Sociology, Department of


Date of this Version



Published in Violence and Victims 37:4 (2022), pp. 532–546



Copyright © 2022 Springer Publishing Company. Used by permission.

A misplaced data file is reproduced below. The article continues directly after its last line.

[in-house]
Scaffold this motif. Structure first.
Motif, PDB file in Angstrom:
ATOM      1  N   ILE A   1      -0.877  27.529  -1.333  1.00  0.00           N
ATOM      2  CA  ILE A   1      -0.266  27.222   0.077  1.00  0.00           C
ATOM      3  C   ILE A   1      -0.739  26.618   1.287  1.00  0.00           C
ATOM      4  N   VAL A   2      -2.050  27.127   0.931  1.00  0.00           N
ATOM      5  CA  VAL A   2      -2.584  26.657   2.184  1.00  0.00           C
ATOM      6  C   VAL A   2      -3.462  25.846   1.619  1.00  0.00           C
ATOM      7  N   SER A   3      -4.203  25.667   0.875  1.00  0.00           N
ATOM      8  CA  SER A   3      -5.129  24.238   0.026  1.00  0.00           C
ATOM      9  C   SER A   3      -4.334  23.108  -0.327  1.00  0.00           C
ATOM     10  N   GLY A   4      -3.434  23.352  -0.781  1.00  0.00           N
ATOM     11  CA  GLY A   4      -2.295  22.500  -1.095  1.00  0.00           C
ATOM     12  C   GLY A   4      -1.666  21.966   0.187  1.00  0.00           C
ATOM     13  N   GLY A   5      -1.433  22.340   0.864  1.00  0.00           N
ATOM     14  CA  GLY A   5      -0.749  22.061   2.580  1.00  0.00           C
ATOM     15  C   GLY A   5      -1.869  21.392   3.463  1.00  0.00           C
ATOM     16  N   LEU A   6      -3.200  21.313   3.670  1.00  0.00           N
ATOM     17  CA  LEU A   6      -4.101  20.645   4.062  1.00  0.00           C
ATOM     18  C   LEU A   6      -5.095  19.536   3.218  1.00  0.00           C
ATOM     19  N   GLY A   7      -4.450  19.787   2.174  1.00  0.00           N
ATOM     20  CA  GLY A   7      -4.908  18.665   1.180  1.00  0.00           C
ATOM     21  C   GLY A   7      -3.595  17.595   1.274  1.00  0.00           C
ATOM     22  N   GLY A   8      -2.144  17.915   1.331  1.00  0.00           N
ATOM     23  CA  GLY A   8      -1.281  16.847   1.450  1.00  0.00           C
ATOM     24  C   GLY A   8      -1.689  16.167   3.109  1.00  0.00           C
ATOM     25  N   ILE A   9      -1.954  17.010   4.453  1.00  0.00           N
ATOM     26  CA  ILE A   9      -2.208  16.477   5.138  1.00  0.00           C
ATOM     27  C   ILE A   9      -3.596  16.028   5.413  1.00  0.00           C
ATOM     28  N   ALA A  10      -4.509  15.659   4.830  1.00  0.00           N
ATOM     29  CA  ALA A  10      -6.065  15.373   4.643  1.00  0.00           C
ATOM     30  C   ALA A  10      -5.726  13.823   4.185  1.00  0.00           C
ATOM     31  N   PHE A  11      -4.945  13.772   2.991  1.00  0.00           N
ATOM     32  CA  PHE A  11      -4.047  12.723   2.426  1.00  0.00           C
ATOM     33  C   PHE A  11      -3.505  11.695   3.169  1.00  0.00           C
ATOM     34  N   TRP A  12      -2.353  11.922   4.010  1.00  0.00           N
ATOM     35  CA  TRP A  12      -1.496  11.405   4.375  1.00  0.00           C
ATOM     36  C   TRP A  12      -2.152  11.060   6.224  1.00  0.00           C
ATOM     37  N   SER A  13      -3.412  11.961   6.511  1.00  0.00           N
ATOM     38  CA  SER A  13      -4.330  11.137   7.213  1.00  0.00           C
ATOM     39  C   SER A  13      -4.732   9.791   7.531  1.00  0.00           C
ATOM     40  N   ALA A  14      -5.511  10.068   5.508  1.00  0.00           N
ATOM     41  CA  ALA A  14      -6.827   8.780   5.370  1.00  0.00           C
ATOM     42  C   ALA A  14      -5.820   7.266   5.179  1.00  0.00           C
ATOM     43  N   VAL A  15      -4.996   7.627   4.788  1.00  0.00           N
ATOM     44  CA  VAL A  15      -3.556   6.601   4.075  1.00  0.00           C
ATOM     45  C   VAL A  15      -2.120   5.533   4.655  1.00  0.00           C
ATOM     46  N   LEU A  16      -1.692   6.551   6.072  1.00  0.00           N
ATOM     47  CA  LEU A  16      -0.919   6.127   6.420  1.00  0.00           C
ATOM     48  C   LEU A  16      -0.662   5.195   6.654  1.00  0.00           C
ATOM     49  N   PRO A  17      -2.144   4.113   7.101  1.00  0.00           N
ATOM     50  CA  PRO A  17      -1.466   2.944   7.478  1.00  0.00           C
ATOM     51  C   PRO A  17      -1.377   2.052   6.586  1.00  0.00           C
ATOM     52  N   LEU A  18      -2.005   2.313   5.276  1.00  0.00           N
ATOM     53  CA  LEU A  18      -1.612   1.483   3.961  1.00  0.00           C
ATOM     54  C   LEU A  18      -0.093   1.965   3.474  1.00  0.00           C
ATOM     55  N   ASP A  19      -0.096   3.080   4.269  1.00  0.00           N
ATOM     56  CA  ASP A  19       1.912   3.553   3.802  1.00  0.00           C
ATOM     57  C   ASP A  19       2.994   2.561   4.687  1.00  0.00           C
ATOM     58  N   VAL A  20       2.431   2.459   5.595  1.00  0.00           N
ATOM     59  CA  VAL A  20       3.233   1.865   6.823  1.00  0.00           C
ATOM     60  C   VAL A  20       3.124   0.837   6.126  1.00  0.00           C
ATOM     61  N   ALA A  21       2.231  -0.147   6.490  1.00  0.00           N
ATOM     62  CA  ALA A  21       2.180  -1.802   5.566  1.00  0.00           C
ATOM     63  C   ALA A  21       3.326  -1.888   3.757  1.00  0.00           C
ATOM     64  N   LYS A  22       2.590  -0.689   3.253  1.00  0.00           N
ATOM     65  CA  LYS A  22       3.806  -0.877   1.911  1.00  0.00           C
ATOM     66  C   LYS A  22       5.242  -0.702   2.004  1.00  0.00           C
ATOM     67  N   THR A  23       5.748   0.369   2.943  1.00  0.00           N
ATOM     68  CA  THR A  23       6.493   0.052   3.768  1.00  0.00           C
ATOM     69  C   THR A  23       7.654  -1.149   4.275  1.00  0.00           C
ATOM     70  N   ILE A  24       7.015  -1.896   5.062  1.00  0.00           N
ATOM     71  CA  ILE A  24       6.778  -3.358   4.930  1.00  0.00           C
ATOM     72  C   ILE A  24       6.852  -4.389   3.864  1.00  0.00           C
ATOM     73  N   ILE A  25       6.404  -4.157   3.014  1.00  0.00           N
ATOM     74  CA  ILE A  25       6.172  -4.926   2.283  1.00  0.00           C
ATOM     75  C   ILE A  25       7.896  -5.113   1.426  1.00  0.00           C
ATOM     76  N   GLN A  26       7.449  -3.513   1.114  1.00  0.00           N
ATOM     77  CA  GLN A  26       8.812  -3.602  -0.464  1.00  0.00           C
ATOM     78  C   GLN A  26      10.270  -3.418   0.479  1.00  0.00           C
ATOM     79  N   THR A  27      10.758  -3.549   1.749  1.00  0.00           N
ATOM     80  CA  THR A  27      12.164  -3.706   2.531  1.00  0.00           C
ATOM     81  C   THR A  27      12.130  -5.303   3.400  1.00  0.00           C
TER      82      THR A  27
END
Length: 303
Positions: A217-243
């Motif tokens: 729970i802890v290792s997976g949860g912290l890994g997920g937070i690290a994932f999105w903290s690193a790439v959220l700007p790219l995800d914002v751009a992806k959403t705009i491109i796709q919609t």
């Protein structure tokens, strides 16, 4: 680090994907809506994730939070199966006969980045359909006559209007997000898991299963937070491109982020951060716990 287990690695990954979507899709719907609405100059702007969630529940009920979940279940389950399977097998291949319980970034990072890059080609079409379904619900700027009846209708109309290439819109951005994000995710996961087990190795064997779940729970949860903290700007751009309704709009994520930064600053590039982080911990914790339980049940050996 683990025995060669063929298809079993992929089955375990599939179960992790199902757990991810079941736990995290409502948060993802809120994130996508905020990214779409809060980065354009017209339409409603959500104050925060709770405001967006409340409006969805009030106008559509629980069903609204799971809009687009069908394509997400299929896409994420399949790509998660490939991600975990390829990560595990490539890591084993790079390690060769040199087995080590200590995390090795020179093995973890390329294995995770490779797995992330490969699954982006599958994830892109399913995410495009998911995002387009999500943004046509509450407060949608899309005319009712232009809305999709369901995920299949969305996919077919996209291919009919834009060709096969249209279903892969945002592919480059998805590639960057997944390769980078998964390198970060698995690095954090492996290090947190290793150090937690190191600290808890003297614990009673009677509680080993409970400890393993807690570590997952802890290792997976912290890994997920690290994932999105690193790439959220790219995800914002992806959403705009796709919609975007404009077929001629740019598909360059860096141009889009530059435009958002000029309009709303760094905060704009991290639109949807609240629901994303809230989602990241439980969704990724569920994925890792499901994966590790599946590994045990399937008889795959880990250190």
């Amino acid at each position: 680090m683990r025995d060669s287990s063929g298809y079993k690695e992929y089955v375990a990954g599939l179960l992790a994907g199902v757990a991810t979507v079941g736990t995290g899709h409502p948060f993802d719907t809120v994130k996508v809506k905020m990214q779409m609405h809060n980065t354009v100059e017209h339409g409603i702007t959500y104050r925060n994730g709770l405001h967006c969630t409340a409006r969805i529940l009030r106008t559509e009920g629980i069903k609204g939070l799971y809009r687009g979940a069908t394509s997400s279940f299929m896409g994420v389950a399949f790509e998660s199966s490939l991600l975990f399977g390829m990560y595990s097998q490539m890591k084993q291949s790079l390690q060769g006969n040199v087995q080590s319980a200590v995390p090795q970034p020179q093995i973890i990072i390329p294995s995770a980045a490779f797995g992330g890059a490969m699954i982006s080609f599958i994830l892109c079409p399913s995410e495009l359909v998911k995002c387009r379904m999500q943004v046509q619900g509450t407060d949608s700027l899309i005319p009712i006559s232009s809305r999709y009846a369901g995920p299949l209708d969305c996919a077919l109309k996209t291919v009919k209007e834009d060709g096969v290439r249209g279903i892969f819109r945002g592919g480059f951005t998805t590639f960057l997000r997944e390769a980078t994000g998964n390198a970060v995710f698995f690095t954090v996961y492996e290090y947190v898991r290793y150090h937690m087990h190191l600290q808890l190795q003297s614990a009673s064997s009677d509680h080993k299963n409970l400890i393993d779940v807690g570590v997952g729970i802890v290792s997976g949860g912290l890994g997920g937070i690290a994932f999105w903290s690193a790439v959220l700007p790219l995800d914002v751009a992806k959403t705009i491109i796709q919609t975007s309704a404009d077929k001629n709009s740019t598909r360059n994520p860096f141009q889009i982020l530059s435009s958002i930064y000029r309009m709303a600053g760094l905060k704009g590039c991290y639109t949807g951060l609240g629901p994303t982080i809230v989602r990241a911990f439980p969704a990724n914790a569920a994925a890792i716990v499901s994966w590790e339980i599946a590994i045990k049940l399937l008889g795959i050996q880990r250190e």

Though high rates of sexual assault are found on college campuses, prevalence rates between studies can vary considerable by gender, sexual orientation, and other student characteristics. Thus, it is unknown whether these are “true” differences for such characteristics or if there are methodological differences to consider. As such the current study examined whether student characteristics including gender, race, sexual orientation, sexual attraction, Greek affiliation, and relationship status are uniquely associated with reporting on two different sexual assault scales. Data were gathered from 783 college students in 2019–2020 at a large Midwestern university. Results revealed that the two different scales consistently provided different prevalence rates of sexual assault. Moreover, for each type of sexual assault (e.g., coercion, incapacitation, and physical force), there were also significant differences with students consistently reporting higher prevalence rates on one scale over the other. Finally, significant differences were found in prevalence rates across gender, sexual attraction, and Greek affiliated status.